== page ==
This Thanksgiving, be your family's historian and photograph all of the details of your Thanksgiving tradition. Put yourself in your shoes, and your kids' shoes, 20 years from now. What do you want remembered? Shoot it. In this season of being thankful, take the kinds of photographs your family will be grateful for, for many years to come.
Six Tips for Photographing Your Thanksgiving Tradition
1.) Turn off your flash and use natural light as much as possible. If it's evening and indoor lights are a necessity, turn your White Balance to Incandescent. This will get rid of that yellow cast you often see in your indoor shots that are taken at night. Don't worry, your phone even has this capability and it's super easy to adjust in the settings.
2.) Photograph the preparations. From the littlest to the oldest, make sure you take pictures of everyone cooking and setting the table.
3.) Tell the complete story by remembering to shoot the details. Snap a quick photo of your grandmother's stuffing recipe, or any other recipe you don't want to forget. Take pictures of the dishes, utensils, tablecloths, etc. your family uses from year to year. Make sure you take pull back shots of the kitchen, dining and living rooms, and the exterior of the house you're having dinner, even if it's your own home. What details do you want everyone to remember years from now? Record them.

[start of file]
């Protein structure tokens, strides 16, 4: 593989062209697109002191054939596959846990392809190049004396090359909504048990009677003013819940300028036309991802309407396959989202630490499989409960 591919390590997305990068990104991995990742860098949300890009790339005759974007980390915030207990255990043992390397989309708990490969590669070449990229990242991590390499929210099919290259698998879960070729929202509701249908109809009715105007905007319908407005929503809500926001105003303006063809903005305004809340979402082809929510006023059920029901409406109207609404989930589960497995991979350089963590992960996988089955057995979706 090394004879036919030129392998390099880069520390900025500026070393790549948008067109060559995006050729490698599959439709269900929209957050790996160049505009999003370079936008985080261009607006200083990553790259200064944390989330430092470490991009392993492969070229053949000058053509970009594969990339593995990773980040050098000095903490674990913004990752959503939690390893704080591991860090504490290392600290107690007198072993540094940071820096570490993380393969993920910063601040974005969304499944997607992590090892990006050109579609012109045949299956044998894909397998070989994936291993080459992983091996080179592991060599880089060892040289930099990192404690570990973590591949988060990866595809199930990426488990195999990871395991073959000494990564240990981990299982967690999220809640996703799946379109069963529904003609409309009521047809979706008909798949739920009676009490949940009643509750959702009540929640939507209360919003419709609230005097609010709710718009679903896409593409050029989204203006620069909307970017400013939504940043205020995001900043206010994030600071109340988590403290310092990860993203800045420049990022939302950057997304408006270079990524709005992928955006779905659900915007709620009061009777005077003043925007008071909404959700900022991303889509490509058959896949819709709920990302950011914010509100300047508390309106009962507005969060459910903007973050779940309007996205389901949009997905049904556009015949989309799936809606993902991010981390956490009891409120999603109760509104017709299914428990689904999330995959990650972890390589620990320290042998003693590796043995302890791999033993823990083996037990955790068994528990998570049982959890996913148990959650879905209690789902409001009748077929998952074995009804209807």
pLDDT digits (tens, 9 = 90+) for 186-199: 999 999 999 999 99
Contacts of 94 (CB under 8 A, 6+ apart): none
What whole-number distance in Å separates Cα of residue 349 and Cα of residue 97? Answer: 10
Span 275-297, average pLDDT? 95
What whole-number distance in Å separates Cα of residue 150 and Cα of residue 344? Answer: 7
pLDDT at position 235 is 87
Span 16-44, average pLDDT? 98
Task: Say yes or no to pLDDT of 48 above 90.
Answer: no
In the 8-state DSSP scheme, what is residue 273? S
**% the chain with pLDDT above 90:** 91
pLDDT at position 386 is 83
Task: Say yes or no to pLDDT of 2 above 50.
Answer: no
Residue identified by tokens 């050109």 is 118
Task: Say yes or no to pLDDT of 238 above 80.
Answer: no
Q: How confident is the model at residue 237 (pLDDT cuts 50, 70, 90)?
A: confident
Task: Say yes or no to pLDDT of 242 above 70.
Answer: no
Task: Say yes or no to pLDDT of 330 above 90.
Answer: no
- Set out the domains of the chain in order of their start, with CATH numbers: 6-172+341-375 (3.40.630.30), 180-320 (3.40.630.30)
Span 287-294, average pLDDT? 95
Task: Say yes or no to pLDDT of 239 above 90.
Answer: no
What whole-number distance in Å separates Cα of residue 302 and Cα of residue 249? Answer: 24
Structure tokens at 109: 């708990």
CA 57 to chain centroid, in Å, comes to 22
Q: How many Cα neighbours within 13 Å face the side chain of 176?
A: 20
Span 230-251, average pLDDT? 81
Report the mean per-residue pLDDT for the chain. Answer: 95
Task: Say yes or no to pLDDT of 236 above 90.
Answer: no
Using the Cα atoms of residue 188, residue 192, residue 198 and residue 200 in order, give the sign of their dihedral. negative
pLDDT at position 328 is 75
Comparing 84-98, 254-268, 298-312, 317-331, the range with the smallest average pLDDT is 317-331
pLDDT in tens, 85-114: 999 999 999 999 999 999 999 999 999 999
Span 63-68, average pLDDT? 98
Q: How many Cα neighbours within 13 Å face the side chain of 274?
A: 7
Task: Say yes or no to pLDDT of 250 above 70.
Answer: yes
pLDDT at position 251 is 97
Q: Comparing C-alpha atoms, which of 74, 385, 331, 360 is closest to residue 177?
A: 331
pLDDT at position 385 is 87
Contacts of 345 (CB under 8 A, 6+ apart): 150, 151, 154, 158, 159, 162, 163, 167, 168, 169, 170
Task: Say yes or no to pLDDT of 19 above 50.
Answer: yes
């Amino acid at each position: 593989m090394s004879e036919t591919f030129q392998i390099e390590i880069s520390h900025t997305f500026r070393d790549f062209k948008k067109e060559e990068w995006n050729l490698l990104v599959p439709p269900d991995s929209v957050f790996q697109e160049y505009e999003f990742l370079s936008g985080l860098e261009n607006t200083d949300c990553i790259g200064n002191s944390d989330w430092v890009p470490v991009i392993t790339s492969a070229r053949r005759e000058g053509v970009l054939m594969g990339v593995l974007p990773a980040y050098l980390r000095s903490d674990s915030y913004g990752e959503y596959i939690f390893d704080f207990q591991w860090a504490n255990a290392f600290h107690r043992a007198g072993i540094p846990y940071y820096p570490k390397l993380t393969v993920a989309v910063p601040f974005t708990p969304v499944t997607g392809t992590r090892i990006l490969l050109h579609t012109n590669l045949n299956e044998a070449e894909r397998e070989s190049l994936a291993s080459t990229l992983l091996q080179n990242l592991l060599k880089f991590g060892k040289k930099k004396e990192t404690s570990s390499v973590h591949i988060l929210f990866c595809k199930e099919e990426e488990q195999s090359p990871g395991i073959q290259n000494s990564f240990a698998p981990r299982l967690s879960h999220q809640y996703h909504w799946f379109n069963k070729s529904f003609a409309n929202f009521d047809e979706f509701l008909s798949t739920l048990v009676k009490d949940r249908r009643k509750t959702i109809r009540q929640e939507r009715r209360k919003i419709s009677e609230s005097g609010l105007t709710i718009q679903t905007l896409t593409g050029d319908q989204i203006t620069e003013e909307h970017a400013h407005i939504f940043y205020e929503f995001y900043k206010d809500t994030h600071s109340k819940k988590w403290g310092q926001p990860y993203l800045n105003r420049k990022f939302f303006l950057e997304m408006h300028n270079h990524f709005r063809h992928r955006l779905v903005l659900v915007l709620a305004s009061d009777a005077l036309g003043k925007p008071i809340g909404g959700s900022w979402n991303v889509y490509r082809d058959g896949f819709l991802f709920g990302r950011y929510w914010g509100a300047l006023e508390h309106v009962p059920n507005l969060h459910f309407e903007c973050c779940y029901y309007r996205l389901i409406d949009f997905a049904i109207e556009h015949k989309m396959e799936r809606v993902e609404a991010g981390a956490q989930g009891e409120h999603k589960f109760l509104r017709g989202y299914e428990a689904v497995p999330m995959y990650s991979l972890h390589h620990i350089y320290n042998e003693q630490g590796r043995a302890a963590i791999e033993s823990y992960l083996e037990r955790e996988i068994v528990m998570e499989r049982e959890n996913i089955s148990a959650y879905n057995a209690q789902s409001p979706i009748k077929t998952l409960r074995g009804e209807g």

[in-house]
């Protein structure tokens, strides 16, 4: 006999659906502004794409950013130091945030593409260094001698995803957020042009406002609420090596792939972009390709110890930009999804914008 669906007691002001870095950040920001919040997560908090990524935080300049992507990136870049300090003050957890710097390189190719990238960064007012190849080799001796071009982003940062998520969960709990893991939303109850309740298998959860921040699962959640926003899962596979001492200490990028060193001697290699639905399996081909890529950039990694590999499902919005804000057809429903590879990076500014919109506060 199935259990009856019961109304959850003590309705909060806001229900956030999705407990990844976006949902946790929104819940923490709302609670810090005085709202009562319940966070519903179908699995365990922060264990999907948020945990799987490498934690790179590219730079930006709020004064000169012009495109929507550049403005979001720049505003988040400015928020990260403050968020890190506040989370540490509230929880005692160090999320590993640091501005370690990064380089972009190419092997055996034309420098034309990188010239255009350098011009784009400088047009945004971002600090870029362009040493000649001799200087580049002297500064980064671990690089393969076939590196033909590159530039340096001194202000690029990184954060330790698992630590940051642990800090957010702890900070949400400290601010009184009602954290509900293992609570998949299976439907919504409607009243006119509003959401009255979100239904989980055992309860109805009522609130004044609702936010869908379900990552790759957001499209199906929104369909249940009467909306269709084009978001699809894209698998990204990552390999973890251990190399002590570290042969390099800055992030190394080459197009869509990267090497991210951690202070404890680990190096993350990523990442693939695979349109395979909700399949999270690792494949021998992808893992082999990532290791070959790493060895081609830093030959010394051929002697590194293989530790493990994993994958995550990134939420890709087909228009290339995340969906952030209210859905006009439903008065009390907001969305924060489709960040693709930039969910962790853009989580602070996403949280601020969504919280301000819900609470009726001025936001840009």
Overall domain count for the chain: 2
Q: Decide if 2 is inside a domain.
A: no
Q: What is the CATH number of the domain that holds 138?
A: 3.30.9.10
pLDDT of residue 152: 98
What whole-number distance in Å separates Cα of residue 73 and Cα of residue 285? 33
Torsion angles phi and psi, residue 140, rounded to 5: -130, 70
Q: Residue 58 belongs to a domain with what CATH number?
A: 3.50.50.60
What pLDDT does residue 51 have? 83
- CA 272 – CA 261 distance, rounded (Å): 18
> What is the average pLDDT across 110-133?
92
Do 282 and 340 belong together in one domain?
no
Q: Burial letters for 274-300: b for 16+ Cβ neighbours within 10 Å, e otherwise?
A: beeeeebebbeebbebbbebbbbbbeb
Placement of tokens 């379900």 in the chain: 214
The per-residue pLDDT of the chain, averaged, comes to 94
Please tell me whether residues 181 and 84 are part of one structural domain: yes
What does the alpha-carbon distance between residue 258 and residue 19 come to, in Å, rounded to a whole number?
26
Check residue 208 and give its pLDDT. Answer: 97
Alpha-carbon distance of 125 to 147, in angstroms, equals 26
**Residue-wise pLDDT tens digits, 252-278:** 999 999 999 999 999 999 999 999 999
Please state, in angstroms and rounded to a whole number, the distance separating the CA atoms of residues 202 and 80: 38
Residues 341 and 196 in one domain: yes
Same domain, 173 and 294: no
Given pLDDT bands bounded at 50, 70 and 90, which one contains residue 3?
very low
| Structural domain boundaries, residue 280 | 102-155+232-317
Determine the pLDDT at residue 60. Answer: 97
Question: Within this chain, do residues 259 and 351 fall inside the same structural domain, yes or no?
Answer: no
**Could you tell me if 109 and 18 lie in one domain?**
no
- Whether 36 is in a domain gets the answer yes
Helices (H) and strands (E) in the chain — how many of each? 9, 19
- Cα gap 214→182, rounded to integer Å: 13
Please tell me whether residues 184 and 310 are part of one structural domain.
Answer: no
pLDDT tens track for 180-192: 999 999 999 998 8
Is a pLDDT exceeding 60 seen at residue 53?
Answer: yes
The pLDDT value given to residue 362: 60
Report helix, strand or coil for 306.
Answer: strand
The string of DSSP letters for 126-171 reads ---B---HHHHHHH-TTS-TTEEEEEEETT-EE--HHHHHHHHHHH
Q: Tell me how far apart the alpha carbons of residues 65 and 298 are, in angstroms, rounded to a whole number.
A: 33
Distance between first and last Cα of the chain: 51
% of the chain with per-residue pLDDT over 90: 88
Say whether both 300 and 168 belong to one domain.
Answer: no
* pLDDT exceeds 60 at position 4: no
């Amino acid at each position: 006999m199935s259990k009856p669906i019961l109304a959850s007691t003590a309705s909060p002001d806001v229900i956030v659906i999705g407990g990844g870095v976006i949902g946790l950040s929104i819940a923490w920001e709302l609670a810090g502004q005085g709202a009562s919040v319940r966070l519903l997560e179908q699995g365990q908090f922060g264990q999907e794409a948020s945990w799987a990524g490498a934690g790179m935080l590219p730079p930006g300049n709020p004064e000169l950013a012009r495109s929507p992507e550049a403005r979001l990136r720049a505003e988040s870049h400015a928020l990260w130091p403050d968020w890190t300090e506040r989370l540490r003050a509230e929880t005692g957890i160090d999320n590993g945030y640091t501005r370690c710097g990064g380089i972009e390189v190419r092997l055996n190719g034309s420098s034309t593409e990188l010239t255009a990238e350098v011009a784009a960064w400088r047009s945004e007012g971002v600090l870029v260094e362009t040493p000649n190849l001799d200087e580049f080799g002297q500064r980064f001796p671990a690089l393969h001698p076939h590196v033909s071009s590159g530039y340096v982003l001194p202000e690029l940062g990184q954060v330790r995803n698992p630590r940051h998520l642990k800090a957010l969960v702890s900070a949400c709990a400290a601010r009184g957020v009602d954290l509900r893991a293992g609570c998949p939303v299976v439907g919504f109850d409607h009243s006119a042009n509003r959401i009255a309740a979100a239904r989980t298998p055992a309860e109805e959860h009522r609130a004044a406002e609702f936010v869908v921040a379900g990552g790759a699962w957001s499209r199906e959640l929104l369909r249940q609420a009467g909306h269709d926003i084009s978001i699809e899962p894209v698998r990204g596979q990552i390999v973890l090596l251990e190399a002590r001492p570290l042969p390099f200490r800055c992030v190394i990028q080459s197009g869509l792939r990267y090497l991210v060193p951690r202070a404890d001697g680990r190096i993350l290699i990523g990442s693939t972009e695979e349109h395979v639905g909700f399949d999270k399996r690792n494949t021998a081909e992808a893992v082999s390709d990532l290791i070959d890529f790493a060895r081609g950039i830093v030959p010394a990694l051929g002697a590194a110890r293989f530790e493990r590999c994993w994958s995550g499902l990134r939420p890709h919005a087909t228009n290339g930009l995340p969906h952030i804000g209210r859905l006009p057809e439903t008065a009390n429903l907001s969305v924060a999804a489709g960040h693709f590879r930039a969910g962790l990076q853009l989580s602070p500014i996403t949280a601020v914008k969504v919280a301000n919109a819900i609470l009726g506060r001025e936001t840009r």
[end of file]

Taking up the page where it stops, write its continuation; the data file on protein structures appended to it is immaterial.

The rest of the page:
4.) Take pictures of the people and the tableful of food when everyone first sits down. Capture the serving plates and bowls full of food and everyone talking while they load their plates. You want pictures while the food still looks pretty and before everyone starts eating. I try to get these photos out of the way before we say grace, and then I dig in with everyone else.
5.) Photograph the cleanup and after dinner fun. Every year at my grandparents', the aunts and uncles would rotate dishwashing duty from year to year. My grandparents didn't have a dishwasher and there were at least 30 plates, glasses, and pairs of silverware to wash along with pots and pans, but they made it fun. In my memories, my grandmother's kitchen was full of laughter.
6.) Hand over your camera at some point and make sure your kids and grandkids see that you were there too. We've started this tradition of having one of my parents take a family picture of us each year at Thanksgiving.